SunPower’s dedication to sustainability is evident in its 2022 Environmental, Social, and Governance (ESG) Report, which outlines the company’s commitment to creating a more equitable and sustainable future. The company proudly emphasises a diverse and inclusive work environment, demonstrating their strong and impressive commitment to DE&I. SunPower’s Foundation is dedicated to building a resilient and sustainable economy powered by solar energy.
REC, on the other hand, ensures the sustainability of its products by focusing on durability and recyclability. REC panels have a low carbon footprint and a quick energy payback time, meaning they generate more energy than is required to produce them. Their commitment to sustainability is further demonstrated through policies, certifications, and their participation in the fight against climate change, as seen in their COP21 initiative.
What role does warranty period play in sustainability?
One key determinant of sustainability is the warranty period offered by solar panel manufacturers.
A more extended warranty period, such as the 40-year warranty offered by SunPower Maxeon solar panels, is a strong indicator of a company’s confidence in the longevity and durability of its products. Importantly, when solar panels come with extended warranties, it reduces the need for frequent replacements – a major contributor to solar panel waste.
We suggest that you consider warranty periods as a critical factor when choosing solar panels. A more extended warranty not only provides peace of mind but also contributes to the overall sustainability of the global solar energy system.
Can solar panels be recycled?
Over the last few years, Australia has seen a remarkable rise in the adoption of rooftop solar panels, with millions of homes now relying on solar power.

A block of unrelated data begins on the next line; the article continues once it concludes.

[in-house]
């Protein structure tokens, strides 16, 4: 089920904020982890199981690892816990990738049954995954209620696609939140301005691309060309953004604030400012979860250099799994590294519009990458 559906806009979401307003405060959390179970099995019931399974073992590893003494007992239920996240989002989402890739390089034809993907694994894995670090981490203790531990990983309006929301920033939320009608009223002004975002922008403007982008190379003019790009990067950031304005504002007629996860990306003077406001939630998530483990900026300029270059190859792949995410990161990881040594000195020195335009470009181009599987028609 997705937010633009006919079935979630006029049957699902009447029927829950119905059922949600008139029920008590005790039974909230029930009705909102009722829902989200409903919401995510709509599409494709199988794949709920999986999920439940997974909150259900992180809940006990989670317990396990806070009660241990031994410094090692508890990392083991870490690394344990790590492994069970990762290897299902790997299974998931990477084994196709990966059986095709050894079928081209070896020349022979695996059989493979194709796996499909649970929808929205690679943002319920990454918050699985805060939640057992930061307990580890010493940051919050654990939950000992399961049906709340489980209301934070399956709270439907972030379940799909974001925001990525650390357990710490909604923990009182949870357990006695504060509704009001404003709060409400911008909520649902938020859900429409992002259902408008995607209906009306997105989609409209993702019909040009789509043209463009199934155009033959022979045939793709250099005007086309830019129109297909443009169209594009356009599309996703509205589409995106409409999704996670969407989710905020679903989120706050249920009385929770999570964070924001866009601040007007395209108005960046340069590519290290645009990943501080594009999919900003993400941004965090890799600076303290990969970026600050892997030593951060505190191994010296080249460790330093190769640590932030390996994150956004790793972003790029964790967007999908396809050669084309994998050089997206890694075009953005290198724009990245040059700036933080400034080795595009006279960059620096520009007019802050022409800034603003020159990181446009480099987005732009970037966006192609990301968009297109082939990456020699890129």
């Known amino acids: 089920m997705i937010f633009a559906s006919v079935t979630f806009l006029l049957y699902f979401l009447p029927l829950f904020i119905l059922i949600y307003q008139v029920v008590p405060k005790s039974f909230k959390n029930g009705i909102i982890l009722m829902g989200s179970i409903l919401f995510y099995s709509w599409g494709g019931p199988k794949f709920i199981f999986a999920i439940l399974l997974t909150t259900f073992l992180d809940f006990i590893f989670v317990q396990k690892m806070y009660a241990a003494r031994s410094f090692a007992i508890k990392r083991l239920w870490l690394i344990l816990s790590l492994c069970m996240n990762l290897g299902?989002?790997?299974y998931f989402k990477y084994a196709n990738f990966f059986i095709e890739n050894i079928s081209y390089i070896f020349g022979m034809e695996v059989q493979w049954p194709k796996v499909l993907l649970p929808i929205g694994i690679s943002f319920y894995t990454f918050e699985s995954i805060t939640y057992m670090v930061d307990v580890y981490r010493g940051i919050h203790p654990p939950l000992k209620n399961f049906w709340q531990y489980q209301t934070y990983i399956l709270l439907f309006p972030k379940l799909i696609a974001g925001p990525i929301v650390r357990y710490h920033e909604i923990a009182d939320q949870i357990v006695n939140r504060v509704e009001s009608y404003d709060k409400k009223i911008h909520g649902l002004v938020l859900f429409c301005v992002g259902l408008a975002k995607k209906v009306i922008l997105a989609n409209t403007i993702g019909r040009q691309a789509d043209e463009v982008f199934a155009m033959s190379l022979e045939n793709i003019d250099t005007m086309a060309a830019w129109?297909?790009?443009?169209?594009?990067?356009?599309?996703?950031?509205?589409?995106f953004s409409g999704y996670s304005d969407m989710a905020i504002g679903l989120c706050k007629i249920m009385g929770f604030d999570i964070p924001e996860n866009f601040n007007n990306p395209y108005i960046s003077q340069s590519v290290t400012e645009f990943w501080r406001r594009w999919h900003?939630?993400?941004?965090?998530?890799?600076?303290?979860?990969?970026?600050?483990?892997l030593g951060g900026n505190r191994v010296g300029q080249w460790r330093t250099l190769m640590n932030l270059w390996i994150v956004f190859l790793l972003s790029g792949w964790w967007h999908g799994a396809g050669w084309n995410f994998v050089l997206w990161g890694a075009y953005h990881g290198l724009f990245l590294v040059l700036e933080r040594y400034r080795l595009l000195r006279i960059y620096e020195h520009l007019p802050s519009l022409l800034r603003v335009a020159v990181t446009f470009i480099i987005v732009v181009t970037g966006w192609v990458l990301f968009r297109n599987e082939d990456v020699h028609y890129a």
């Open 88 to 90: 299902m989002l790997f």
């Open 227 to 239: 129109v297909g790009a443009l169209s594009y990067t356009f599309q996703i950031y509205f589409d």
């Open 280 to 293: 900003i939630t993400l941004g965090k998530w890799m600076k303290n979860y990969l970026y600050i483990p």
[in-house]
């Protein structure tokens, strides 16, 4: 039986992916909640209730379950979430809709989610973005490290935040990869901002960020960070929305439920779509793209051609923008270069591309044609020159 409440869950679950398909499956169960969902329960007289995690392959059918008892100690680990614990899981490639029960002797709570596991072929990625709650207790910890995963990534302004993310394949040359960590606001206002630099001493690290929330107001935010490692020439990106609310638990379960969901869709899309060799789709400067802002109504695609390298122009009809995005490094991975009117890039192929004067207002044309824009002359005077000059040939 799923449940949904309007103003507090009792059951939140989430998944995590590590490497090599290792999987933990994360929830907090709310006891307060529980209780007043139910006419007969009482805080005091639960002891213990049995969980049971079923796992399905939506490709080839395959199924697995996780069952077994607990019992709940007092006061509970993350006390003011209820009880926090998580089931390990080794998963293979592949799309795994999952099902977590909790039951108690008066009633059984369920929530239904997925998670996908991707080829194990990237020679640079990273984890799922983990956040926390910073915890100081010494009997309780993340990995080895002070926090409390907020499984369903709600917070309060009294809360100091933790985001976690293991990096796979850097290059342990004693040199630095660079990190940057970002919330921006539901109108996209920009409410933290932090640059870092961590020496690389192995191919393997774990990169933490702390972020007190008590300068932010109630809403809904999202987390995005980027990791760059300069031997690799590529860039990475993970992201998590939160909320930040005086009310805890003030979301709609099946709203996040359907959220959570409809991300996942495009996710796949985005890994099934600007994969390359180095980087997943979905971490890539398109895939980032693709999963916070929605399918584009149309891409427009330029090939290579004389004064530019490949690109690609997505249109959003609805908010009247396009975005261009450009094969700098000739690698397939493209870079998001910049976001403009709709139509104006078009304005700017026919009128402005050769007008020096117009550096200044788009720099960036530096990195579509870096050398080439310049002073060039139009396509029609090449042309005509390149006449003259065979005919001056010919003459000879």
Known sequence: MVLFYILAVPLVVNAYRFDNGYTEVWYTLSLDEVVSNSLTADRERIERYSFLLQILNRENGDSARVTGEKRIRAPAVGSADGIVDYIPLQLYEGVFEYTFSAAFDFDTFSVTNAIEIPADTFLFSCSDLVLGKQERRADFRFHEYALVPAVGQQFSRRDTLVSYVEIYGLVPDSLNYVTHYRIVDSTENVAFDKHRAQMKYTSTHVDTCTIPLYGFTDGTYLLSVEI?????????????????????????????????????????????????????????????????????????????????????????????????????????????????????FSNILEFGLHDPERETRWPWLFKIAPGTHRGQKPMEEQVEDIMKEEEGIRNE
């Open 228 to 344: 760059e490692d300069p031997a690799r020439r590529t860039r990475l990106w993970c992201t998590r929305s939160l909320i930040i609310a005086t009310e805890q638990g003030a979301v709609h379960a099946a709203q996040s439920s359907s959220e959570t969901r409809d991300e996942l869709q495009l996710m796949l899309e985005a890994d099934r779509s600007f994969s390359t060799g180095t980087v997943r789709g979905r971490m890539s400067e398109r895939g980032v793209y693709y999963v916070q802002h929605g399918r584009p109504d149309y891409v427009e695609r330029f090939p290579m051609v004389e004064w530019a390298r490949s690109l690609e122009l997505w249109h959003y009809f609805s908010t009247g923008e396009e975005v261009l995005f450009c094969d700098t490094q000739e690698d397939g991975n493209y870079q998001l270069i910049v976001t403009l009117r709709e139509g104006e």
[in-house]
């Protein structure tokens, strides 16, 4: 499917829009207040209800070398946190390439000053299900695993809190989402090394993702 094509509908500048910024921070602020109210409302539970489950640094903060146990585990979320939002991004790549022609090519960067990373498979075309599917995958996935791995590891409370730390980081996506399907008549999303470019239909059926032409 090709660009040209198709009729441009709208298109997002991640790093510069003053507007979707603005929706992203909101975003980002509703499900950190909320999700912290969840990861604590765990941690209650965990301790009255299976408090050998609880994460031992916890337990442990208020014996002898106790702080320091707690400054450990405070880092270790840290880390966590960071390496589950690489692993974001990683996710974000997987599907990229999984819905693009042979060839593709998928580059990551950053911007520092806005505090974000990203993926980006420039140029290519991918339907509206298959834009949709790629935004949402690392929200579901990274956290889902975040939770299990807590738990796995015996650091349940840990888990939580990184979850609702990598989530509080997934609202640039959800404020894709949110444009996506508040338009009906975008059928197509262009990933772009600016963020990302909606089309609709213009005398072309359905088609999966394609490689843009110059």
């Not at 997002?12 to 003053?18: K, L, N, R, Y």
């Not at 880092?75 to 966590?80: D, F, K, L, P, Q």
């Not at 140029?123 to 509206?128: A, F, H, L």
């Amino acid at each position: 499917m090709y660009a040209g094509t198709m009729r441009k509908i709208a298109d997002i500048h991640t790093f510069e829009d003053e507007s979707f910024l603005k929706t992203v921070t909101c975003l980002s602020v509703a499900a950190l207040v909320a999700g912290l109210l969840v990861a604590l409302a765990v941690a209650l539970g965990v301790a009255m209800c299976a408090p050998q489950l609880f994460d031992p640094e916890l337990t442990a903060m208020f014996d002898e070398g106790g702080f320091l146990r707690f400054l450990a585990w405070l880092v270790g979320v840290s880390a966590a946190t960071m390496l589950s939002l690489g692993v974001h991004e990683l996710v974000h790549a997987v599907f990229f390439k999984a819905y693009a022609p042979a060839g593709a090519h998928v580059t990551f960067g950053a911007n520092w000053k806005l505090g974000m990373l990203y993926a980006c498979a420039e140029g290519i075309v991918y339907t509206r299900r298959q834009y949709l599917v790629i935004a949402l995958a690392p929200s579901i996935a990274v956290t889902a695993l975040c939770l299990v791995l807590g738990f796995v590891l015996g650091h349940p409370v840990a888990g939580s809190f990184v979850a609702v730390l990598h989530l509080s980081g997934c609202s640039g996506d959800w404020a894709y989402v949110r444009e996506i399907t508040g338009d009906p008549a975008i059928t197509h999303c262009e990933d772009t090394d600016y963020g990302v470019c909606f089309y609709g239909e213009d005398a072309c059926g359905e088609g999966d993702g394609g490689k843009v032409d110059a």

However, this trend also raises significant concerns regarding the fate of older solar panels reaching the end of their life cycle. Currently, the majority of broken or expired solar panels end up in landfills, and experts predict that over 100,000 tonnes of modules will end up there by 2035.
As you might imagine, solar panel recycling is a crucial aspect of the industry’s relationship with sustainability, particularly so as it minimises waste and reduces the overall environmental impact of an energy source designed to be sustainable.
Across our country, there are limited options for recycling solar panels, with only a few recycling plants like Reclaim PV in Adelaide offering such services. Recycling one solar panel costs approximately $10 (excl. GST), excluding freight to South Australia.
To encourage recycling and reduce the environmental impact of discarded panels, it has become essential for more Australian jurisdictions to follow the example set by Victoria and ban the disposal of solar panels in landfills. The challenge lies in developing a network to raise awareness and make recycling more accessible.
One potential solution to enhance solar panel recycling is to shift the responsibility to manufacturers. This approach is already in use in Europe, where manufacturers cover the cost of collecting and recycling solar panels at the end of their life cycle. While it may increase the initial cost for consumers, it streamlines the process, ensuring responsible disposal and promoting sustainable design.
So – what’s next?
In your pursuit of a greener, more sustainable future via the use of solar power, we suggest that it’s crucial to select solar panels that truly align with your values.
Sustainable solar practices involve responsible sourcing, durable products, recyclability, and ethical business practices – topics that you should discuss with your chosen providers as you whittle down the options in front of you.
Are you ready to learn more about our hand-selected range of ethical solar products?
We can’t wait to speak with you.